In the mining industry, exploratory drill rigs like this one are used to help locate promising ore deposits.
On this drill rig, a diesel engine is used to provide the power for drilling operations.
The power from the diesel engine is transmitted through a Power Take-Off (PTO) assembly.
This is a model of the PTO housing from the drill rig shown above.
In this PTO housing, the thrust nut retaining threads (indicated by the arrow in this photo) became damaged and corroded over years of service - and needed to be repaired.
This is a cross-section view of the PTO housing.
One challenge that made this particular repair difficult to accomplish is the close proximity of an access hole (shown in the detail view) to the damaged threads.
The access hole needed to remain intact after the repair was complete.
Several thread repair options were considered...
One option that was considered was to create oversized threads in the PTO housing, and to also create a corresponding custom oversized thrust nut to match.
This option was a technically workable solution - but was not selected because of the desire to maintain commonality of parts in the drill rig fleet.
The method that was used was to create a custom thread insert like the one modeled here.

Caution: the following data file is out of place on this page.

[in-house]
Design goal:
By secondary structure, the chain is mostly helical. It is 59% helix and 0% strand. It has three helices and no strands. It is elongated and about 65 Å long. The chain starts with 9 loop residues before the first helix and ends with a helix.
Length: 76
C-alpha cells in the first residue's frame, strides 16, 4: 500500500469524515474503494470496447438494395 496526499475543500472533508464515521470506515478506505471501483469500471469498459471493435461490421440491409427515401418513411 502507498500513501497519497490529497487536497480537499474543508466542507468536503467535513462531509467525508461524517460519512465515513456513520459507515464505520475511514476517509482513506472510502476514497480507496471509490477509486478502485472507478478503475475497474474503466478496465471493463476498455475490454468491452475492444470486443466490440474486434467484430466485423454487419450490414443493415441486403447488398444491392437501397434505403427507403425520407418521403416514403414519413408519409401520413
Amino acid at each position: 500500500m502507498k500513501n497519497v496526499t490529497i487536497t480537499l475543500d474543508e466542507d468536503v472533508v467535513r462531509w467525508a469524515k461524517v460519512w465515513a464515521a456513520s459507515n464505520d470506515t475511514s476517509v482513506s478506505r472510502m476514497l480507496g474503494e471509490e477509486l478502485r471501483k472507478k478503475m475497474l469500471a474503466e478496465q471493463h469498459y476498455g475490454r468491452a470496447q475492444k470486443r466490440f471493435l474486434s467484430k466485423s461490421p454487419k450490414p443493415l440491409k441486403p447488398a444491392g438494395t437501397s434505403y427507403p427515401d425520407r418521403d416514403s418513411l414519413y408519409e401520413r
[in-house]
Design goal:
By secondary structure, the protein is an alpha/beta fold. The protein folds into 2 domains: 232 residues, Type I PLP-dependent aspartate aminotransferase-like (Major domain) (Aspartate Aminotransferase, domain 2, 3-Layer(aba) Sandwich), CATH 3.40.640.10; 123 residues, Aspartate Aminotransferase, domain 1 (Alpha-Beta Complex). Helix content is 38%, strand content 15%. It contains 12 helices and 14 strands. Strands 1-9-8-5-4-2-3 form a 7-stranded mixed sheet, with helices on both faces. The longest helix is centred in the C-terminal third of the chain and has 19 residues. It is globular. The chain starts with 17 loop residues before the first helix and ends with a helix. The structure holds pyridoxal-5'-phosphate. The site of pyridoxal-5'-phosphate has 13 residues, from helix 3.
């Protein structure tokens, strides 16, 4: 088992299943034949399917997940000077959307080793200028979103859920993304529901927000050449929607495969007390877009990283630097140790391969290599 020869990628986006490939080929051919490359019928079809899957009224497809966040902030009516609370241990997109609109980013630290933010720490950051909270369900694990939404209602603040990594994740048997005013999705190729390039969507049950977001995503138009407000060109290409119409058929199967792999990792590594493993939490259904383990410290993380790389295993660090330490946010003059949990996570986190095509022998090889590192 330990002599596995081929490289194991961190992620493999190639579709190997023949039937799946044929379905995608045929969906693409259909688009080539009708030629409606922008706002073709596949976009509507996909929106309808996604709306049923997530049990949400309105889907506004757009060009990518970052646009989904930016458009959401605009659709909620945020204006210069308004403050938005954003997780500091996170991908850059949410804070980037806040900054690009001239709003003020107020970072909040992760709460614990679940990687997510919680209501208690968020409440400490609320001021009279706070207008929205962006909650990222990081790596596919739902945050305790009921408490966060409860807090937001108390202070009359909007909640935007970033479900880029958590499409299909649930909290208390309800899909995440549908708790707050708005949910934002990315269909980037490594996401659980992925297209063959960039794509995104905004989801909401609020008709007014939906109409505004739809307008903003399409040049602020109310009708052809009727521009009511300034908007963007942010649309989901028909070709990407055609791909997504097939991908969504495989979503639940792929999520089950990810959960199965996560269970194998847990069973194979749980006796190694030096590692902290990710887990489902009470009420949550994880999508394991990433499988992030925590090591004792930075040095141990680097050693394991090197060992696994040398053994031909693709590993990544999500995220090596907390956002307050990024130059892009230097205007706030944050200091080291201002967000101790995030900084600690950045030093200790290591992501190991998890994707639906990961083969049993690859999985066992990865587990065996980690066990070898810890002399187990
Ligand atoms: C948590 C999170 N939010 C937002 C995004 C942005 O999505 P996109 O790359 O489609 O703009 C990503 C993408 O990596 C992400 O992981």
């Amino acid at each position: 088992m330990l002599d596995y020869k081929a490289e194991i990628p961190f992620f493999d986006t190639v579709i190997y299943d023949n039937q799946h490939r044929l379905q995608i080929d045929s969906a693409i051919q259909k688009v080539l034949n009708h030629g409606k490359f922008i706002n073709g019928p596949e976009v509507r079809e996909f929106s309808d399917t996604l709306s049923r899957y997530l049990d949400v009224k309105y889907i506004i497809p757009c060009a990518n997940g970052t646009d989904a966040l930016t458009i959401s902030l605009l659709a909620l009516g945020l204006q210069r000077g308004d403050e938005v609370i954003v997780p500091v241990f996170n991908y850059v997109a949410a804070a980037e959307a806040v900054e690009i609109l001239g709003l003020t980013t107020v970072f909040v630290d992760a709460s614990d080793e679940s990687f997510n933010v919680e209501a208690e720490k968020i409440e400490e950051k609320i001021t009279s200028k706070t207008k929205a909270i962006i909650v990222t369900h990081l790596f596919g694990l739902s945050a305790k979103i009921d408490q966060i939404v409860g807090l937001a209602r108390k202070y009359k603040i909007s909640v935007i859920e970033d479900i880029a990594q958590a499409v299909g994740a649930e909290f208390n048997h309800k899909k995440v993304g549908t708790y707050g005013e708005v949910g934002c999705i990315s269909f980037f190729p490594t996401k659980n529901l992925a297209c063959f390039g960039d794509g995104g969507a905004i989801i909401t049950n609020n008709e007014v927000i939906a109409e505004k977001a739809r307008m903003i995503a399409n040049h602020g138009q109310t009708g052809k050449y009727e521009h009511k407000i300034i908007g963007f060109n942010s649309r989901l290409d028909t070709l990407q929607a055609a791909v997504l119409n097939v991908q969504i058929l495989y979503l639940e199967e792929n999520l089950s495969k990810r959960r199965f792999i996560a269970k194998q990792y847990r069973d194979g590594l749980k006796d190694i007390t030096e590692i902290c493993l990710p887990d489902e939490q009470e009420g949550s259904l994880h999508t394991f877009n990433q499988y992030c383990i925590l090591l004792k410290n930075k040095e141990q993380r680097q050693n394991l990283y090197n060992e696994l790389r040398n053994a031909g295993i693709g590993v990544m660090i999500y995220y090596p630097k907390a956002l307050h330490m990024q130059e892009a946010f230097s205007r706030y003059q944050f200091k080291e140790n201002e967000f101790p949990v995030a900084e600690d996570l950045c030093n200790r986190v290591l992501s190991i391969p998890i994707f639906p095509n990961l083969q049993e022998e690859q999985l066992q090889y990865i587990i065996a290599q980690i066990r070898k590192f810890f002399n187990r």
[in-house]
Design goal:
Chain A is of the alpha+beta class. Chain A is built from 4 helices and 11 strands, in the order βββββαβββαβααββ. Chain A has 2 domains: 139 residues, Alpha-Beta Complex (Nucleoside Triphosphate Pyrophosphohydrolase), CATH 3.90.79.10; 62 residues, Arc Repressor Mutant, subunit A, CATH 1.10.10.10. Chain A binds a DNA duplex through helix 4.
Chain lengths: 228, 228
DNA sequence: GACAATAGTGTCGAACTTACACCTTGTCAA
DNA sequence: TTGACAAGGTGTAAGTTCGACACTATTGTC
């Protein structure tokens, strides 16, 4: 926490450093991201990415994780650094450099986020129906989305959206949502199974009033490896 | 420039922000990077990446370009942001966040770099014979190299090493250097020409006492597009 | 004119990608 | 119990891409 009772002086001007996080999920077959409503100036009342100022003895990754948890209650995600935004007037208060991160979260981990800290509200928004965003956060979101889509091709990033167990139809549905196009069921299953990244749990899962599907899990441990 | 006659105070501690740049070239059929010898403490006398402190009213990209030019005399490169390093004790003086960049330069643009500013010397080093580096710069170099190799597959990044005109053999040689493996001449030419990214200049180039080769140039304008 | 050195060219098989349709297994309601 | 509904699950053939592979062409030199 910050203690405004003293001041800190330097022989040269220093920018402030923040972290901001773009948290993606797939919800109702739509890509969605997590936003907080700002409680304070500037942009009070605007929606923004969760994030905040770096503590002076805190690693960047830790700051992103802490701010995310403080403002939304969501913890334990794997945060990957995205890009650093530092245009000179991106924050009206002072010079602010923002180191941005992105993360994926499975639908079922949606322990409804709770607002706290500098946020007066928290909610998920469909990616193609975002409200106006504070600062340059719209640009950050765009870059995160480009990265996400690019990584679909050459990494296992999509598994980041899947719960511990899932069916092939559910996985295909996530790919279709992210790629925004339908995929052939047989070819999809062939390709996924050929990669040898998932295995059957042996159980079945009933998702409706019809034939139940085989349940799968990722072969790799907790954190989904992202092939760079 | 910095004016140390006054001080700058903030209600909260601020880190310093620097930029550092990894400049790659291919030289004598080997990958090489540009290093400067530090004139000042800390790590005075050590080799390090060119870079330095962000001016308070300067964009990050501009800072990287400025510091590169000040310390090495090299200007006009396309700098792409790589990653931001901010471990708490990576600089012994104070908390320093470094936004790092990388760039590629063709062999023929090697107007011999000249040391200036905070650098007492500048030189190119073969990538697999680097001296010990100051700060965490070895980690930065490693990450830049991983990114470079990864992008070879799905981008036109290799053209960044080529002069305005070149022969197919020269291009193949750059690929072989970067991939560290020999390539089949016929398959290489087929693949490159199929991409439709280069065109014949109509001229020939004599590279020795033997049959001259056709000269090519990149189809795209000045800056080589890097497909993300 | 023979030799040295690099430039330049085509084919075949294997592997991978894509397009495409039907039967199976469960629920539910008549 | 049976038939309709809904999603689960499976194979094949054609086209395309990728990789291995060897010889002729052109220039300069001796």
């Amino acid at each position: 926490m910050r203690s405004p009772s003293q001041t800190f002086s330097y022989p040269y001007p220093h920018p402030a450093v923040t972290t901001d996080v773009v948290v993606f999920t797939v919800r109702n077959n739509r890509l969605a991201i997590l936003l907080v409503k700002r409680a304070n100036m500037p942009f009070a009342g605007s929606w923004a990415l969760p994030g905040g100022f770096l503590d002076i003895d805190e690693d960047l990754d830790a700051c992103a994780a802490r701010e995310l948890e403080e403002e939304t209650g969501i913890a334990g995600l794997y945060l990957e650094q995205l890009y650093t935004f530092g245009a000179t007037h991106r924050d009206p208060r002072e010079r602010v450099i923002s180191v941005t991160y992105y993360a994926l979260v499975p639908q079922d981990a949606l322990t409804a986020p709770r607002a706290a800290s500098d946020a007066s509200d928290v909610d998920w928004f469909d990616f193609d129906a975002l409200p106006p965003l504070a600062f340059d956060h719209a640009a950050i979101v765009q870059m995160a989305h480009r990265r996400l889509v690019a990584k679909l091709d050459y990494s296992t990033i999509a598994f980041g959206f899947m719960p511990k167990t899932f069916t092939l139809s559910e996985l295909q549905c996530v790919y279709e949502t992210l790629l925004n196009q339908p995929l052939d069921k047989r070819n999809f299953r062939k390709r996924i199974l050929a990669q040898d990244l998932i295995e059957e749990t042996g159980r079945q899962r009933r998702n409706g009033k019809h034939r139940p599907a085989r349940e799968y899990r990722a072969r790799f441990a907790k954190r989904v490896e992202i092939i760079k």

To make most effective use of the material, the internal and external threads were synchronized, as shown here.
To repair the PTO housing, a lathe was used to bore out the old threads, and to cut new over-sized threads as shown here.
(Notice the location of the access hole relative to the larger diameter of the newly-machined, over-sized thread.)
Because the external thread of the custom insert is a non-standard size, the required hole size is not listed on a thread chart.
The required hole size for the new custom thread was calculated using the following formula...
In this formula...
To calculate the hole size using this formula, the number 75 was used as the "Desired % Full Thread" factor in this specific repair application.
In practice, the Desired Full Thread percentage value selected could range from 55 to 75 for a repair of this type.
In this partial cut-away view, the thread insert is about to be installed in the PTO housing.
The insert was installed using Loctite on its external threads...
...and then the insert was screwed into the housing until the top surface of the insert was flush with surface of the housing.
Once the insert was seated into position, and the thread adhesive cured...
...the insert was staked in place using 3 set screws as shown here.
This is a model view of the completed repair.
This is a photo of the actual PTO housing showing the completed repair.
This is another photo of the completed PTO housing repair project.